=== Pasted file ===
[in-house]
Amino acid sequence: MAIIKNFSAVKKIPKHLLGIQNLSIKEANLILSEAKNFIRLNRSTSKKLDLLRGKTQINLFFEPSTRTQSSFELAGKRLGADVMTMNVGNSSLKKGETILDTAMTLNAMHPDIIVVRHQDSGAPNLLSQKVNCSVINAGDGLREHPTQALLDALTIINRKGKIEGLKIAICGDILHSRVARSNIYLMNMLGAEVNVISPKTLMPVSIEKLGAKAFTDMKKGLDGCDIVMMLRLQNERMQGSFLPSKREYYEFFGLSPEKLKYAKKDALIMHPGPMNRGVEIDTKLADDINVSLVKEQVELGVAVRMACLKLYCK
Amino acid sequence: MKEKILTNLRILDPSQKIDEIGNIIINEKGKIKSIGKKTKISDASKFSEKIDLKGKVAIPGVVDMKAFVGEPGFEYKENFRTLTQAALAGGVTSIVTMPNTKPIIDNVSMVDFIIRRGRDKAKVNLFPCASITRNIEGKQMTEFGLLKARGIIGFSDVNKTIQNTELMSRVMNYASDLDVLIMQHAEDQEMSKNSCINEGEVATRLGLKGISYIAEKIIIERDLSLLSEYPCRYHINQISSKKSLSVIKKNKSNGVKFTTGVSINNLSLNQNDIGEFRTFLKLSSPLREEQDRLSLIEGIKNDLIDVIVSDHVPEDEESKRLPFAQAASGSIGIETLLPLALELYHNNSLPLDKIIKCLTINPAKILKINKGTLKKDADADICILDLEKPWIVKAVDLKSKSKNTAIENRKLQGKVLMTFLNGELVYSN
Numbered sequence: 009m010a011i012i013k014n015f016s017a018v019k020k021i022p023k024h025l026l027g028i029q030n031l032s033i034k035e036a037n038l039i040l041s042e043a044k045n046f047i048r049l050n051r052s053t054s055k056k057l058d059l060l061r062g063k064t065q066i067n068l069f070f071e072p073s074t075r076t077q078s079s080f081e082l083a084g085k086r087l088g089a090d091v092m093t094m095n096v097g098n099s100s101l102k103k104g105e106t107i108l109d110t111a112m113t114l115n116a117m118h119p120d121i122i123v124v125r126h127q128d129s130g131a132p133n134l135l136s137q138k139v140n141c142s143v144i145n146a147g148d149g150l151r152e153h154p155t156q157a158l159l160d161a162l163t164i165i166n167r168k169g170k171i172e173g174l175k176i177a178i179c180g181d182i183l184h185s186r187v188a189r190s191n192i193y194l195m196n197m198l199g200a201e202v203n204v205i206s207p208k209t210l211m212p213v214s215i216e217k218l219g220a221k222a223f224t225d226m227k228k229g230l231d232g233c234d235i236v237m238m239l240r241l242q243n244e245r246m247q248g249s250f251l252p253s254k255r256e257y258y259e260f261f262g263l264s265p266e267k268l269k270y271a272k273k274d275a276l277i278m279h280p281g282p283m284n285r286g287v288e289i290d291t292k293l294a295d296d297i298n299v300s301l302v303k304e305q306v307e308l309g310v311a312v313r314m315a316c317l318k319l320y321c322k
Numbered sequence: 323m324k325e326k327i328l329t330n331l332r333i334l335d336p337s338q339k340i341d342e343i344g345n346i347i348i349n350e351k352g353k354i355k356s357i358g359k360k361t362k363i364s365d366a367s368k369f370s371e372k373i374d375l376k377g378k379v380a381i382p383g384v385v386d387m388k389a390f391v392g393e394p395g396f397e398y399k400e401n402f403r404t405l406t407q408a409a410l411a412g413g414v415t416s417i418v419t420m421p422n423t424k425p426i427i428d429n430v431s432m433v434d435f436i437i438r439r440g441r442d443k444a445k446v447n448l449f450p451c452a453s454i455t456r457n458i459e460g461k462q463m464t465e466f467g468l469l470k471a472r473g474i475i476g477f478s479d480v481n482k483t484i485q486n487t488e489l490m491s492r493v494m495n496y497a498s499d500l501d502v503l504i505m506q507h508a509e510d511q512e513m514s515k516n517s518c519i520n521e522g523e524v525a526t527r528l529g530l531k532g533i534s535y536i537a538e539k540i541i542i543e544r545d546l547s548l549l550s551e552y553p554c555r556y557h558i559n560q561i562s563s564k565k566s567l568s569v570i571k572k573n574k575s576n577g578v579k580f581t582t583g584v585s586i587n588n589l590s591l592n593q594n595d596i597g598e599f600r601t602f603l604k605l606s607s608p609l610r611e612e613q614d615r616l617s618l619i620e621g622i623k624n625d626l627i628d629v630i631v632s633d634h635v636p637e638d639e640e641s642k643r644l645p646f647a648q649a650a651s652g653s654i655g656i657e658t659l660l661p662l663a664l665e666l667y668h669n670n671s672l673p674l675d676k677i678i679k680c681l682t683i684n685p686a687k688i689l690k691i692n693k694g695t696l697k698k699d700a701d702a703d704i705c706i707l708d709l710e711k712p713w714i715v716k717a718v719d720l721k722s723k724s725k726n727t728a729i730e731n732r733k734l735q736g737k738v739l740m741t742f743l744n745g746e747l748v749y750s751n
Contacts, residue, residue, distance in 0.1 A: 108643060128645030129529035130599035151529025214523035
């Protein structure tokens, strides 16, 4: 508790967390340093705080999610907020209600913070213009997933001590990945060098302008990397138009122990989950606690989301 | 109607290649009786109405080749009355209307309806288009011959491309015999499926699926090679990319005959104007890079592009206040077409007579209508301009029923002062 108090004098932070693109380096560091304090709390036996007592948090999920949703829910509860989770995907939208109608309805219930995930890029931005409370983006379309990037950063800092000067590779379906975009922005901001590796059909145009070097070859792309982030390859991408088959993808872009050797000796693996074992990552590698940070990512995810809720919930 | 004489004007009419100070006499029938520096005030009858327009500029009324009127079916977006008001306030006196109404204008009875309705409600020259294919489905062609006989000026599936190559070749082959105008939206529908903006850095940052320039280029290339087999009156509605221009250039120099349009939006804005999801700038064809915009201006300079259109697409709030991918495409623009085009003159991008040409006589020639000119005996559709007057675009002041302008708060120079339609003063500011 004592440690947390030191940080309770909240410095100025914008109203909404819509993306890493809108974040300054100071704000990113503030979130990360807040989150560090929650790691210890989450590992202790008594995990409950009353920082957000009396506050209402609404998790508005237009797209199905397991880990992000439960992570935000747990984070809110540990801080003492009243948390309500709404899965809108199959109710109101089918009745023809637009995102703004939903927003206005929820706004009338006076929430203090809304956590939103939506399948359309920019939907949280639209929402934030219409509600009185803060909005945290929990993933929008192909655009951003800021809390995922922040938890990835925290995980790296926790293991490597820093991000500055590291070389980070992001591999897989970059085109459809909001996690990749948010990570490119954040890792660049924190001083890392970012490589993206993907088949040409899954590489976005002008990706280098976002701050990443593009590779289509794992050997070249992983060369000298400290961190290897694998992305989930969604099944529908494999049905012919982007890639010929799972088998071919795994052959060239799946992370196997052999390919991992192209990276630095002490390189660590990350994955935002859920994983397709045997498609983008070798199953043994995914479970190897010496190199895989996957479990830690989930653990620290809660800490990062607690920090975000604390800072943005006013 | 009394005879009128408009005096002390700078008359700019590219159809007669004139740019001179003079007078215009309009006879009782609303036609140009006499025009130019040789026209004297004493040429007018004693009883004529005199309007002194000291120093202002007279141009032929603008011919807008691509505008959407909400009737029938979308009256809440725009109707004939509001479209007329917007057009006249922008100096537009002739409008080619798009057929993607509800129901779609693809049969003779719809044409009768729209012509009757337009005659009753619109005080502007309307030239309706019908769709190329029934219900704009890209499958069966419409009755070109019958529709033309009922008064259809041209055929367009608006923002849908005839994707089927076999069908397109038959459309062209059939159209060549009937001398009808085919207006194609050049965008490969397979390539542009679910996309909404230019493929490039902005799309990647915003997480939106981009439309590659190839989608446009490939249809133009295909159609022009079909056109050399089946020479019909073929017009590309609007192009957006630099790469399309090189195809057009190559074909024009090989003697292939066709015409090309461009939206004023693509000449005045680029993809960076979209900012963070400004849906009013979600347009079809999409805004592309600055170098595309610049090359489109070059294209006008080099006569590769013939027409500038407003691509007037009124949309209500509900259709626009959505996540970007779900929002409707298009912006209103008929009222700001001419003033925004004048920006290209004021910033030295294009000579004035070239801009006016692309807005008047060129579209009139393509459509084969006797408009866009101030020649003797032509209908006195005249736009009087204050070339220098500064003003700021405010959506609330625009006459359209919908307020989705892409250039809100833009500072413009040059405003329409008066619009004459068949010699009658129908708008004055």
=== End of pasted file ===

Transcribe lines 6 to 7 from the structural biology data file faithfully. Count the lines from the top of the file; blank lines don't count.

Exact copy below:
Contacts, residue, residue, distance in 0.1 A: 108643060128645030129529035130599035151529025214523035
């Protein structure tokens, strides 16, 4: 508790967390340093705080999610907020209600913070213009997933001590990945060098302008990397138009122990989950606690989301 | 109607290649009786109405080749009355209307309806288009011959491309015999499926699926090679990319005959104007890079592009206040077409007579209508301009029923002062 108090004098932070693109380096560091304090709390036996007592948090999920949703829910509860989770995907939208109608309805219930995930890029931005409370983006379309990037950063800092000067590779379906975009922005901001590796059909145009070097070859792309982030390859991408088959993808872009050797000796693996074992990552590698940070990512995810809720919930 | 004489004007009419100070006499029938520096005030009858327009500029009324009127079916977006008001306030006196109404204008009875309705409600020259294919489905062609006989000026599936190559070749082959105008939206529908903006850095940052320039280029290339087999009156509605221009250039120099349009939006804005999801700038064809915009201006300079259109697409709030991918495409623009085009003159991008040409006589020639000119005996559709007057675009002041302008708060120079339609003063500011 004592440690947390030191940080309770909240410095100025914008109203909404819509993306890493809108974040300054100071704000990113503030979130990360807040989150560090929650790691210890989450590992202790008594995990409950009353920082957000009396506050209402609404998790508005237009797209199905397991880990992000439960992570935000747990984070809110540990801080003492009243948390309500709404899965809108199959109710109101089918009745023809637009995102703004939903927003206005929820706004009338006076929430203090809304956590939103939506399948359309920019939907949280639209929402934030219409509600009185803060909005945290929990993933929008192909655009951003800021809390995922922040938890990835925290995980790296926790293991490597820093991000500055590291070389980070992001591999897989970059085109459809909001996690990749948010990570490119954040890792660049924190001083890392970012490589993206993907088949040409899954590489976005002008990706280098976002701050990443593009590779289509794992050997070249992983060369000298400290961190290897694998992305989930969604099944529908494999049905012919982007890639010929799972088998071919795994052959060239799946992370196997052999390919991992192209990276630095002490390189660590990350994955935002859920994983397709045997498609983008070798199953043994995914479970190897010496190199895989996957479990830690989930653990620290809660800490990062607690920090975000604390800072943005006013 | 009394005879009128408009005096002390700078008359700019590219159809007669004139740019001179003079007078215009309009006879009782609303036609140009006499025009130019040789026209004297004493040429007018004693009883004529005199309007002194000291120093202002007279141009032929603008011919807008691509505008959407909400009737029938979308009256809440725009109707004939509001479209007329917007057009006249922008100096537009002739409008080619798009057929993607509800129901779609693809049969003779719809044409009768729209012509009757337009005659009753619109005080502007309307030239309706019908769709190329029934219900704009890209499958069966419409009755070109019958529709033309009922008064259809041209055929367009608006923002849908005839994707089927076999069908397109038959459309062209059939159209060549009937001398009808085919207006194609050049965008490969397979390539542009679910996309909404230019493929490039902005799309990647915003997480939106981009439309590659190839989608446009490939249809133009295909159609022009079909056109050399089946020479019909073929017009590309609007192009957006630099790469399309090189195809057009190559074909024009090989003697292939066709015409090309461009939206004023693509000449005045680029993809960076979209900012963070400004849906009013979600347009079809999409805004592309600055170098595309610049090359489109070059294209006008080099006569590769013939027409500038407003691509007037009124949309209500509900259709626009959505996540970007779900929002409707298009912006209103008929009222700001001419003033925004004048920006290209004021910033030295294009000579004035070239801009006016692309807005008047060129579209009139393509459509084969006797408009866009101030020649003797032509209908006195005249736009009087204050070339220098500064003003700021405010959506609330625009006459359209919908307020989705892409250039809100833009500072413009040059405003329409008066619009004459068949010699009658129908708008004055």